Originally written on Waiting For Next Year  |  Last updated 11/18/14

When Kyrie Irving returned from a stint of missed games due to a concussion, the first hit came with the biggest gasp. Roy Hibbert, seemingly twice the size of the Cavaliers’ rookie point guard, was ready and waiting. Irving took him on, full speed ahead for two points and deep exhale from all of those with vested interest in the player’s well being.

Almost two months (to the day) later, Irving once again returned, this time from a shoulder injury that some feared could end his freshman campaign in the NBA. Though the contact didn’t occur right away, Irving would collide with Philadelphia 76ers power forward Elton Brand — weighing in just a few pounds shy of Hibbert — and the result would once again come with clenched teeth and a skip of the heart.

Scott, following the team’s 107-83 loss to the Sixers, admitted that he was nervous as he witnessed the Duke on Duke crime. It wasn’t until his prize point guard was peeled off of the hardwood that the blood pressure desceneded back to normal levels.

“He got right back up which was a great sign to show me that he’s fine,” said Scott. “He didn’t grab his shoulder or anything. Matter of fact, he started laughing a little bit when Elton [Brand] grabbed him [and asked] ‘Are you okay.’ That was a good sign. I was a little nervous about that [hit].”

A slashing guard, Irving’s game is predicated on leaving would-be defenders in the dust, only to take on their considerably larger counterparts where he can make in-air decisions: take the shot, take the hit or make the pass. This season, Irving has largely made said decisions in that very order, opting to take his team on his ultimately injured shoulders, floating in game-winners as if it were the Pop-a-Shot at Dave and Busters.  

Irving, just as he did following the concussion, quickly shot down any thoughts of unease, reiterating that he refuses not only to play with apprehension, but change his game because of it.

“Not at all,” said Irving after a quick thought-inducing brush of his goatee. “When I had my concussion, I was asked if I would stop attacking the basket and would change my game, but I didn’t at all. Those kinds of plays are going to happen and are inevitable. It’s not going to make me change my game at all.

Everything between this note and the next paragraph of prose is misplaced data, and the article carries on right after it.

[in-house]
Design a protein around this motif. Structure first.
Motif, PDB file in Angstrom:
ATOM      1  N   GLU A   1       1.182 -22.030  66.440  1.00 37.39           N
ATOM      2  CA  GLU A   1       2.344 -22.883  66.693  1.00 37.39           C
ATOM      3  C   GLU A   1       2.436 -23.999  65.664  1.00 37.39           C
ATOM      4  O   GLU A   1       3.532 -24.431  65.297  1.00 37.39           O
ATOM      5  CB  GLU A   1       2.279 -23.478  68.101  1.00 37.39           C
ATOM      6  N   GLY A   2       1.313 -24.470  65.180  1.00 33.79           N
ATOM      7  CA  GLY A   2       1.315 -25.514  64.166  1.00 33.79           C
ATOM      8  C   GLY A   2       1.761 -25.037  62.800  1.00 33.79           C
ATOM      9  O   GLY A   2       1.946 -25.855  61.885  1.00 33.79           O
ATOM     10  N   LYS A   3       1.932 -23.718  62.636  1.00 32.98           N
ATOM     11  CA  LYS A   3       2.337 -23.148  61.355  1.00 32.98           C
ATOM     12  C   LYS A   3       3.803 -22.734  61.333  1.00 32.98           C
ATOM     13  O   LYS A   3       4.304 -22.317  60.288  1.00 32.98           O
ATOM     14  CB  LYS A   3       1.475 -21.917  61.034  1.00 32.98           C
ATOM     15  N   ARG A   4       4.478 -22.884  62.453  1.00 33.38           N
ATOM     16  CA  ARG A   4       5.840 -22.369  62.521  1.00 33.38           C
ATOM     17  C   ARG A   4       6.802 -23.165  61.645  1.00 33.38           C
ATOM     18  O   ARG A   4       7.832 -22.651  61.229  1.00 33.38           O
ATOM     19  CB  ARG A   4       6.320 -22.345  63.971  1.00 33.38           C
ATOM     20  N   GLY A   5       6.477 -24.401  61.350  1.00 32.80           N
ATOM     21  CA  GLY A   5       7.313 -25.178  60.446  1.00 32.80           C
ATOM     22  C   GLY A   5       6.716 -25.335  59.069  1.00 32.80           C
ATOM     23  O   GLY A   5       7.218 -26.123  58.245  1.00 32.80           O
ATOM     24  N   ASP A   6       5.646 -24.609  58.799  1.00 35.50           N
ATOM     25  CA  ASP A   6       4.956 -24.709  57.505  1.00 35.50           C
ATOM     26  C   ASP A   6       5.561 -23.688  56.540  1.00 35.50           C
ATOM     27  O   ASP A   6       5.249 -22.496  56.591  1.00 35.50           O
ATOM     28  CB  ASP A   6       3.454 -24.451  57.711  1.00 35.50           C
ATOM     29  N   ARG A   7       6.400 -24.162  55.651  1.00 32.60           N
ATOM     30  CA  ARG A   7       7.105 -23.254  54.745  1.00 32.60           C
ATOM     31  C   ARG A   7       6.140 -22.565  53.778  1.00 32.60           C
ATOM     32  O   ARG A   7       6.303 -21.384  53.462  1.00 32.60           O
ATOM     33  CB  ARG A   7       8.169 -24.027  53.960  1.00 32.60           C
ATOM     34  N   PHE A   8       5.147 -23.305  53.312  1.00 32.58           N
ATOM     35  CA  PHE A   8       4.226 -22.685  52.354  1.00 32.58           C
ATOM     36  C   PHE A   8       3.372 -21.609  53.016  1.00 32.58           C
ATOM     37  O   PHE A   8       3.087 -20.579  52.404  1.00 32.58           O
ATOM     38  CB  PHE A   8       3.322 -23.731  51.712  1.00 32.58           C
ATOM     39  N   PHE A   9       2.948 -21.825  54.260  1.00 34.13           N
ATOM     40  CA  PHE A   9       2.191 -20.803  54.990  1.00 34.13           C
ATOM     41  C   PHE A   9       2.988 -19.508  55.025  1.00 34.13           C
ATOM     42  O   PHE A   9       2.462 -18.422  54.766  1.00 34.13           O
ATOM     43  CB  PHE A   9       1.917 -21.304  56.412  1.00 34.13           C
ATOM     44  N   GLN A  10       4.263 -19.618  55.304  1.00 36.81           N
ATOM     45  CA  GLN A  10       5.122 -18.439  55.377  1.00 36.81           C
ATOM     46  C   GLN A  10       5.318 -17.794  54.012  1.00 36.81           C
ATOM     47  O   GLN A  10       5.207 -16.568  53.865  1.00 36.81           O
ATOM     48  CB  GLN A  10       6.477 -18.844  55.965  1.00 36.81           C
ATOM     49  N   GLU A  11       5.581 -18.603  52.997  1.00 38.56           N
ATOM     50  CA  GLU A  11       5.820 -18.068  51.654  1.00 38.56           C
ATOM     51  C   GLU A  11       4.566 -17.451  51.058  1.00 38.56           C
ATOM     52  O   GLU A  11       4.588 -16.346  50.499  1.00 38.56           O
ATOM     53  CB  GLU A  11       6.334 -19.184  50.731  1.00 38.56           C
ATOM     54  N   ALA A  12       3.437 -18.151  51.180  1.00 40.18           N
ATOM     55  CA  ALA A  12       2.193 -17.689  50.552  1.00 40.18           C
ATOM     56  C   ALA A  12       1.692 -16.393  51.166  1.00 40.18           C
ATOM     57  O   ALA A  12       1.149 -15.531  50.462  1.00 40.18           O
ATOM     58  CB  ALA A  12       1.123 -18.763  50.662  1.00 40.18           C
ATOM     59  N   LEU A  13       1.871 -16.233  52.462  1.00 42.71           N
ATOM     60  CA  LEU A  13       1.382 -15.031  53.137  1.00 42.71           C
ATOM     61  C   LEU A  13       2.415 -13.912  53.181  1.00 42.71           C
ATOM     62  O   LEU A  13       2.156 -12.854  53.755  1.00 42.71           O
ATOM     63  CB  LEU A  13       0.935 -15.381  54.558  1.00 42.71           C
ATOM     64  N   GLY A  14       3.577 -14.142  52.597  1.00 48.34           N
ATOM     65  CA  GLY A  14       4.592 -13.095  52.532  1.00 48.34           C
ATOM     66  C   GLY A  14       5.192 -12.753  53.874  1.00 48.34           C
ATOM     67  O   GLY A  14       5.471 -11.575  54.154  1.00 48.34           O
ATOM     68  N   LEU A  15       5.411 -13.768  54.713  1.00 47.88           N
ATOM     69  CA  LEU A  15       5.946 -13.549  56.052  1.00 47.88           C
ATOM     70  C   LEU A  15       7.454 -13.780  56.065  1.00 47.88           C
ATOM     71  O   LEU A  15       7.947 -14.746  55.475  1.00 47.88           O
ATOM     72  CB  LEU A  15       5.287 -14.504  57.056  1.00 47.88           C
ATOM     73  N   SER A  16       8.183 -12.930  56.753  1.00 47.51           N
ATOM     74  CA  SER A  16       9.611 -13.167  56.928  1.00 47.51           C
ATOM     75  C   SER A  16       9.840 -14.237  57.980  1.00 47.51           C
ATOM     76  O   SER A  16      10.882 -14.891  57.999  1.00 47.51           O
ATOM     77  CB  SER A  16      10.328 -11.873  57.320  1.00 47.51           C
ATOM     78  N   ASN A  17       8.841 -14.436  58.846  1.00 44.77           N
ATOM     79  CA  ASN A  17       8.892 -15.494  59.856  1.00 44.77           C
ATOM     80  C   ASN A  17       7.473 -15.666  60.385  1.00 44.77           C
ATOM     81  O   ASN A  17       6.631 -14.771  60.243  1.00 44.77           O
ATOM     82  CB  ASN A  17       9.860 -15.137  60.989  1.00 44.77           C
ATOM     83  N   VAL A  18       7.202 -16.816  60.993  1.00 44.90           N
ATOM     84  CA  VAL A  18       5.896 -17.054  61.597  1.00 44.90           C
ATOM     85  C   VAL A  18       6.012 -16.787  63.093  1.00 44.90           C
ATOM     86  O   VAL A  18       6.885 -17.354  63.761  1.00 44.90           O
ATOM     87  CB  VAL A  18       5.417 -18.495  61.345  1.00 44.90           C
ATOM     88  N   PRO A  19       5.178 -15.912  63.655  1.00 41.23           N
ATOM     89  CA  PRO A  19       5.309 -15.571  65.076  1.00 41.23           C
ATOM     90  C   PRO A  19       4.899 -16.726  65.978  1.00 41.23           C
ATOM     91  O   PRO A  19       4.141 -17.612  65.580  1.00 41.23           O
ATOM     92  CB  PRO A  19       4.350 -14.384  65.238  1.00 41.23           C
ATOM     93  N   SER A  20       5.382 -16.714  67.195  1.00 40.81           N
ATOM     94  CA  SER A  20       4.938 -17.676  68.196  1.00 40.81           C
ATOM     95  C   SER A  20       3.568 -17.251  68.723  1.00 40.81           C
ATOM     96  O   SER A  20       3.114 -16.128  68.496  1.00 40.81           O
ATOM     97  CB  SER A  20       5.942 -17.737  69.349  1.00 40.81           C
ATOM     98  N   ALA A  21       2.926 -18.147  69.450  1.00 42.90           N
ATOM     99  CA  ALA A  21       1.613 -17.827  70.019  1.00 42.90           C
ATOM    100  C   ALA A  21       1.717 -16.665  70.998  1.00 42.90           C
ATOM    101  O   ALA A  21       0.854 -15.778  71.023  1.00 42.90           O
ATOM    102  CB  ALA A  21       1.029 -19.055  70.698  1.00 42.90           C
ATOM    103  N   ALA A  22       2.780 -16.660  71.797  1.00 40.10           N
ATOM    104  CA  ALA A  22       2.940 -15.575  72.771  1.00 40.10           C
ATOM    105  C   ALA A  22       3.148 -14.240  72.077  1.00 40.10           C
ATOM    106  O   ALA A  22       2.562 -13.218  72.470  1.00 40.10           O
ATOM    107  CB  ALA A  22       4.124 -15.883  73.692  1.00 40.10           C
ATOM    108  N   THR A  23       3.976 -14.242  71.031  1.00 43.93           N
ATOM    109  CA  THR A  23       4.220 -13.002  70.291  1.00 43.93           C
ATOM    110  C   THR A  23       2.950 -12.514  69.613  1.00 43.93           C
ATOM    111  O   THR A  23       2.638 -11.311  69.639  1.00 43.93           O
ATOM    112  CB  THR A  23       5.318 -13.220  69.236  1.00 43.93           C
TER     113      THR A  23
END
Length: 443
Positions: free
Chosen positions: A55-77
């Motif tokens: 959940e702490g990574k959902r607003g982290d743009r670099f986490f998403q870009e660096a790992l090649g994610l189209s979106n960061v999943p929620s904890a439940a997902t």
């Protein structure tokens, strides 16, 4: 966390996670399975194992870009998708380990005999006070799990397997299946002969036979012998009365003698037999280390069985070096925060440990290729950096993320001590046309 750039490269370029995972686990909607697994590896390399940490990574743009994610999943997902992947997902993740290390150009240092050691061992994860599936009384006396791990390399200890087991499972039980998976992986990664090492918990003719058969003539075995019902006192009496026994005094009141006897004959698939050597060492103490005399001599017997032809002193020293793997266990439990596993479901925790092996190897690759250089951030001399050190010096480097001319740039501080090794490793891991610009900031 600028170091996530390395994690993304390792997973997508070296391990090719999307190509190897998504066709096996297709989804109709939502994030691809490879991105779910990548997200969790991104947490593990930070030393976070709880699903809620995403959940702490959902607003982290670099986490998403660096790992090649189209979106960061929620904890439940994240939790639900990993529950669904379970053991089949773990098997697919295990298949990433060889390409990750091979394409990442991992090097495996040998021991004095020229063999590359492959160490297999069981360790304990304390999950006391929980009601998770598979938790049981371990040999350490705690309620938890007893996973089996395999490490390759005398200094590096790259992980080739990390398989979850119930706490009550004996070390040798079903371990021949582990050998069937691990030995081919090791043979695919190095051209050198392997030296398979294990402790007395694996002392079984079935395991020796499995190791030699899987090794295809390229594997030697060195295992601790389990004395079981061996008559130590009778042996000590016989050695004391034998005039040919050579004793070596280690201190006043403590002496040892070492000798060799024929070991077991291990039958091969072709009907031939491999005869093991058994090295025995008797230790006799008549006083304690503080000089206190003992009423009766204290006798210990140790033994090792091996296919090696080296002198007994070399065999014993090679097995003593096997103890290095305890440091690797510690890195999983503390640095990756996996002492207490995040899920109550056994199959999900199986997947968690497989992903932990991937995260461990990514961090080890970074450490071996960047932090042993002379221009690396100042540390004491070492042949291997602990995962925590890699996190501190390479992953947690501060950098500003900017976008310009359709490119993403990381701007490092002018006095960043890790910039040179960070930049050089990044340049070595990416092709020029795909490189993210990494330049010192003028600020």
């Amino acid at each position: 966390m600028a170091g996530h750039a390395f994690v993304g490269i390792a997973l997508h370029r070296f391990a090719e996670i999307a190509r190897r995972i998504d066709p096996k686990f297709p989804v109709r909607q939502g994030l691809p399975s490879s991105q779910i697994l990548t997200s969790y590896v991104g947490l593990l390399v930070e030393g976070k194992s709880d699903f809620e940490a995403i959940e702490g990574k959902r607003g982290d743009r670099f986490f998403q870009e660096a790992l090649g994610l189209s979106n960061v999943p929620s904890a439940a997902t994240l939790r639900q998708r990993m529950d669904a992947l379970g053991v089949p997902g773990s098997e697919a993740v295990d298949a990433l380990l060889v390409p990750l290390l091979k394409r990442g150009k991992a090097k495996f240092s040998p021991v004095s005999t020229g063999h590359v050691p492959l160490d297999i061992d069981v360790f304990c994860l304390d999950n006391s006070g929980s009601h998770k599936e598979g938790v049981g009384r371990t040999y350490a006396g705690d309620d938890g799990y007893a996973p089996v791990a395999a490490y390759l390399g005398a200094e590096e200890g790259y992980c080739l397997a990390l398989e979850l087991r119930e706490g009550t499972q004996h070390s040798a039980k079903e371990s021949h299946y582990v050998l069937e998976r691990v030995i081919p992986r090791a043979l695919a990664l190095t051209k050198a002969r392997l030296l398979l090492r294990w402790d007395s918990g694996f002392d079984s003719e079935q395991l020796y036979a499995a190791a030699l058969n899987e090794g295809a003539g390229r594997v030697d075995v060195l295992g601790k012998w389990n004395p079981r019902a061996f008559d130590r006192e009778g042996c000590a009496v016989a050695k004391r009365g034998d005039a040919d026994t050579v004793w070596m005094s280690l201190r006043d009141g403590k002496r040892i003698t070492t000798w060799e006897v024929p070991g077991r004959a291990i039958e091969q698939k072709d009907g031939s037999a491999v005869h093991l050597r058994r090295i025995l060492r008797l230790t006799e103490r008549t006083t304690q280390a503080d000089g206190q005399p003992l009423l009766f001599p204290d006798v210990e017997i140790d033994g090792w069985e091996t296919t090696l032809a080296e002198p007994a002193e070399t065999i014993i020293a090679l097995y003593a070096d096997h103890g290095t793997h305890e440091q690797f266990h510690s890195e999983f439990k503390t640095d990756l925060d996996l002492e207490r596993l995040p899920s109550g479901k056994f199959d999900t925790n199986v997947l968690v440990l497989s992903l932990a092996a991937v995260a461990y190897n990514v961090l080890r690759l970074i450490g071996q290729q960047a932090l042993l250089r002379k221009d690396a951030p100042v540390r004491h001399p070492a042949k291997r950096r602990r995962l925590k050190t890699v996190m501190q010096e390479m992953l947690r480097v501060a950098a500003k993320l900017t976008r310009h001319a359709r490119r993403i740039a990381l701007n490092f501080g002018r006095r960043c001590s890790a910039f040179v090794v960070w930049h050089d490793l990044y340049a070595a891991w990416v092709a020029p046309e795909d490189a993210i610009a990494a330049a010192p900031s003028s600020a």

“It was just a play [Brand] tried to make on the ball. I fell to the floor and it was my ‘welcome back’ kind of moment. It was good to get it out of the way in the early going.”

The final result: 19 minutes, nine points, three rebounds and four assists. His first bucket occurred in typical Irving fashion, losing Philadelphia’s Jrue Holiday at the top of the key with a behind-the-back move, driving into the lane for the easy lay-in and two points.

Not long after the hit, at least in terms of game minutes, Scott would bring out the hook on Irving, opting to allow the first-overall pick to shake off some of the loose rust, but still keeping his focus on the future. Irving would sit with approximately eight minutes left in the third quarter, never to return again. The Sixers would go on a 24-2 run, putting the game out of reach.

There have been various schools of thought on whether or not Irving should be playing. Some prefer to let the season wind to a close, knowing what they have, jockying for ping pong balls. Scott, however, plans on taking the handful of minutes he provided Irving and adding to it liitle by little as the season comes to an end. Some games, he may not play at all. Others, the team will use as a test to see what Irving can do with some of the new additions as the team attempts to get a feel for what they have at their disposal heading into the summer months.

One item they know they have is a tough-and-ready 20-year-old point guard who will not shy away from the competition regardless of size or stature. The keystone from which the team will build.

(AP Photo/Tony Dejak)

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